Experiment 4: Defining significance 
After you have complete the previous experiments, you should have discovered that there are three different classes of organisms in the F2 generation. Approximately
How do we make sense of these ratios? Mendel's solution was to postulate that traits were determined by cellular factors; these factors were named genes by the Danish scientist Wilhelm Johannsen. Genes can exist in different forms, called alleles. In organisms, like peas and people, each gene is present in two copies  one supplied by the maternal parent and one supplied by the paternal parent. The maternal and paternal alleles can be the same or different. For example, consider flower color. Assume that the dominant purple color is determined by the presence of the "P" allele of a specific gene . An inbred purple parental strain has two copies of this allele  it is "PP" for the gene in question. The gametes that an organism produces contain one and
only one copy of a particular gene. A PP organism
can only produce gametes containing the P version
of the gene. 
In contrast, white flower color is determined by the presence of different allele of the same gene  we will call this allele "p". An inbred white flower parental strain is "pp"  it can produce only gametes that contain p. If we cross truebreeding purple and white flower plants, all of the F1 offspring with be "Pp". These individuals can produce either of two types of gametes, ones that contain the P allele and ones that contain the p allele. 
Our task is to determine whether the data we find when we cross plants is consistent with these predictions or contradicts them. This generally involves what is known as a "test for statistical significance". 
In the case of genetic data, a common statistical test is called the χ^{2 }(chi squared) test. This test was developed by Karl Pearson (18571936), one of the founders of modern statistics. 
Consider dice: A conventional "western" die has six sides. If we know the total number of throws of the die we made, and the number of times any five of the six faces came up, we automatically know how many times the 6th side came up. The system is therefore said to have five degrees of freedom. We will explore the use of the Χ^{2} test
in a set of experiments to determine whether a particular die
is "fair". First,
what does fair mean? For a standard die to be fair,
the probability that it will land on any of its six faces should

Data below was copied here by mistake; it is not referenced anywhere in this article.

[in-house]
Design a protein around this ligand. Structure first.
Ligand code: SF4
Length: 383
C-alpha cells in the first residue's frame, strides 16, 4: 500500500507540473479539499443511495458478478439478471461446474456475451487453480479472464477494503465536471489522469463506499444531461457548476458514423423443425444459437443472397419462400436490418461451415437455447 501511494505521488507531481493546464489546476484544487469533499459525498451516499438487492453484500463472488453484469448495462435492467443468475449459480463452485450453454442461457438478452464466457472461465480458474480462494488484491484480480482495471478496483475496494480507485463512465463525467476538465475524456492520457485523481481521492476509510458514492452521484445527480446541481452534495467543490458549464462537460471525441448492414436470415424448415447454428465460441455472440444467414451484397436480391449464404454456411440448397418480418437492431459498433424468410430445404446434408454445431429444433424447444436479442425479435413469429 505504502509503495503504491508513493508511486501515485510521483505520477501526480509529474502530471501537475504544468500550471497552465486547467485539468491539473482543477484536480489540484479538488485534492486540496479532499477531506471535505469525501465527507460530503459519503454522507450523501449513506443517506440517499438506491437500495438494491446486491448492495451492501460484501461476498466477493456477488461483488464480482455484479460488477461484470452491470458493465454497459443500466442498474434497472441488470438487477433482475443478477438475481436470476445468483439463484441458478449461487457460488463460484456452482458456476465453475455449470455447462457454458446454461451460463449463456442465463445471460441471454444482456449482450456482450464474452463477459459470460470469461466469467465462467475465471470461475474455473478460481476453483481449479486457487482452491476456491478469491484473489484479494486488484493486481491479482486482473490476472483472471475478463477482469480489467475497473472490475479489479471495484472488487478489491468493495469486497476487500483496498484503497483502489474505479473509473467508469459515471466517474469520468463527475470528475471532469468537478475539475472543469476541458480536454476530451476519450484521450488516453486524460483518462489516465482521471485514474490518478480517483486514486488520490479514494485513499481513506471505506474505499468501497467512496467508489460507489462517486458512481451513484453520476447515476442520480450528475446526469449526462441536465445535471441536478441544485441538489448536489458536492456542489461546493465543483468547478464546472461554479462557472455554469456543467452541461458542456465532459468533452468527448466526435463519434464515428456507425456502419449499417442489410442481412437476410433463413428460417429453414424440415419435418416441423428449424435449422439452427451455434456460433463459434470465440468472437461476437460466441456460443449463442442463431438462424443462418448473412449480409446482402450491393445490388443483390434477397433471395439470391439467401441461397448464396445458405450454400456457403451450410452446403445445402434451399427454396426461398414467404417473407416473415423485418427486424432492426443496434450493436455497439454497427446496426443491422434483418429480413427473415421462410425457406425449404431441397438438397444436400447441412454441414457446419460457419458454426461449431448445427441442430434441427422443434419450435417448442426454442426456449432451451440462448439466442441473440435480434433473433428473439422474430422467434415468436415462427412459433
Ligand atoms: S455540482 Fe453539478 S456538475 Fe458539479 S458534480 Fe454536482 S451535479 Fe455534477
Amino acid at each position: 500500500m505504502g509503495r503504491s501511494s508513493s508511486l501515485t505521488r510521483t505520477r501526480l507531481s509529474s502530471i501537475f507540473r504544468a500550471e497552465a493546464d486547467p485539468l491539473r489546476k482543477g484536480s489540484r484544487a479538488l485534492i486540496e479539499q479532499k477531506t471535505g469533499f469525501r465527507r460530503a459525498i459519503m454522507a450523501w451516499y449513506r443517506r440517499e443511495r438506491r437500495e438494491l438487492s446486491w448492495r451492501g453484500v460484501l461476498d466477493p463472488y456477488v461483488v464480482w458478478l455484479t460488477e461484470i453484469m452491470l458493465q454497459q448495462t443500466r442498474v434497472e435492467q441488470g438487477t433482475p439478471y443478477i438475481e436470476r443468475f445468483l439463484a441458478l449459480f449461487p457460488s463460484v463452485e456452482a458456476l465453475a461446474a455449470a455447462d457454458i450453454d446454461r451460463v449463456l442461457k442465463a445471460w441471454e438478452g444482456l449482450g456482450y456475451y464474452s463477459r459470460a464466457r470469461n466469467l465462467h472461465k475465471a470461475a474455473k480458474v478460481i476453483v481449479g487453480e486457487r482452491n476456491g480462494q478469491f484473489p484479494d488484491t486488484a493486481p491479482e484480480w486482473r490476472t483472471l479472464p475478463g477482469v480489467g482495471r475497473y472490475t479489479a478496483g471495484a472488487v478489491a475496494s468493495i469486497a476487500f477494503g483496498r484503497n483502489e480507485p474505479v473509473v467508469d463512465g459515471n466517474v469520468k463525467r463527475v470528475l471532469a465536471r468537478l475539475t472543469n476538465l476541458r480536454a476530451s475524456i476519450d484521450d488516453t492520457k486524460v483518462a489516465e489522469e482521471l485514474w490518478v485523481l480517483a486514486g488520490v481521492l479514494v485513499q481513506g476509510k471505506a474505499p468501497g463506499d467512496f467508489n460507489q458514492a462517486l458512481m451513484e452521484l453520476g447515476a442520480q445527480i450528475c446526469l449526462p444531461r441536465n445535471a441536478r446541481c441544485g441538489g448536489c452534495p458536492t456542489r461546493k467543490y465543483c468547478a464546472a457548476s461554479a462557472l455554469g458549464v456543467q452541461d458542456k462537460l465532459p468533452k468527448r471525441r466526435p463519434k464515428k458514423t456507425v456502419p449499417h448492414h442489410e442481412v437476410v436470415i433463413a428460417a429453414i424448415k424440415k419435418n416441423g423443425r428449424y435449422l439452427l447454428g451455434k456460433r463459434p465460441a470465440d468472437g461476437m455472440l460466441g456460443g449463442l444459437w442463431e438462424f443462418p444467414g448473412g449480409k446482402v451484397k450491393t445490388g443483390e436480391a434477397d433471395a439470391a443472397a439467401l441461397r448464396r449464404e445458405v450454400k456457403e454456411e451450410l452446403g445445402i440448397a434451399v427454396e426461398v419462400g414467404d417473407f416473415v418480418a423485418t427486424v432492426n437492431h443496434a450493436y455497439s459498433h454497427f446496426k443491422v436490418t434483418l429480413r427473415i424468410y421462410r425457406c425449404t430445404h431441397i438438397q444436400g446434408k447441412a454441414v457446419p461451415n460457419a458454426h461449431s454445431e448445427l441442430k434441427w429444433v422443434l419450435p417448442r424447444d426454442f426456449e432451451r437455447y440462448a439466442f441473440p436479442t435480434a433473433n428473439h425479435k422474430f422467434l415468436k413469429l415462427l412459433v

be equal. 
As in any experiment, we begin by forming a working hypothesis – we will assume that the die is fair, although we could also begin with the opposite hypothesis, that it is not fair. We choose "fair" because it makes a simpler prediction, namely that the probability of rolling a 1, 2, 3, 4, 5 or 6 will equal  we expect to see each 1/6th of the time. 
To test our hypothesis (the die is fair), we do an experiment: we roll the die some number of times and note how many times each particular face comes up. If we roll the die 60 times, we will expect (on average) that each side will appear 10 times, BUT since a roll of the die is independent, it is extremely unlikely that we will see each side come up exactly 10 times in any 60 trials. How, then, do we decide whether the difference between the "expected" number of times a number appears (one in six) and the "observed" number of times it actually did appear was due to chance or to the fact that the die is unfair? We use the Χ^{2 } formula
For each value, we want a positive number, so we square the difference between observed and expected. If expected_{i} = observed_{i}, Χ^{2 } is zero; the smaller Χ^{2 } , the more closely our observations agree with the predictions of our hypothesis. So, how large can Χ^{2 } be before we seriously question the validity of our hypothesis? 
Because very unlikely events (like winning the lottery) do occur, we must look at our data skeptically. (You might find the RadioLab podcast on Stochasticity/Randomness enlightening). We are not trying to determine whether our hypothesis (about the dice) is absolute right or wrong; rather we are trying to estimate the chance that the result we observed was due to chance, even though our hypothesis was false (that is the die appears fair, even though it isn't). 
To analyze our results, we use a table of critical values, determined by the degrees of freedom in the system (df), and how stringently we seek to test our hypothesis. The typical standard is based on a critical value of 0.05, which means we should expect to see the results we observed strickly by chance in 1 experiment out of 20. If our calculated Χ^{2 } value is much smaller than this critical value, it is even less likely is due to chance, even if our hypothesis was wrong. It is important to remember that the Χ^{2 } test helps us estimate uncertainties, it does not determine whether our hypothesis is true. 
Χ^{2}critical

df  α = 0.05  

1  3.841 

2  5.991 

3  7.815 

4  9.488 

5  11.07 

Experiment 4 directions:


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25Jul2009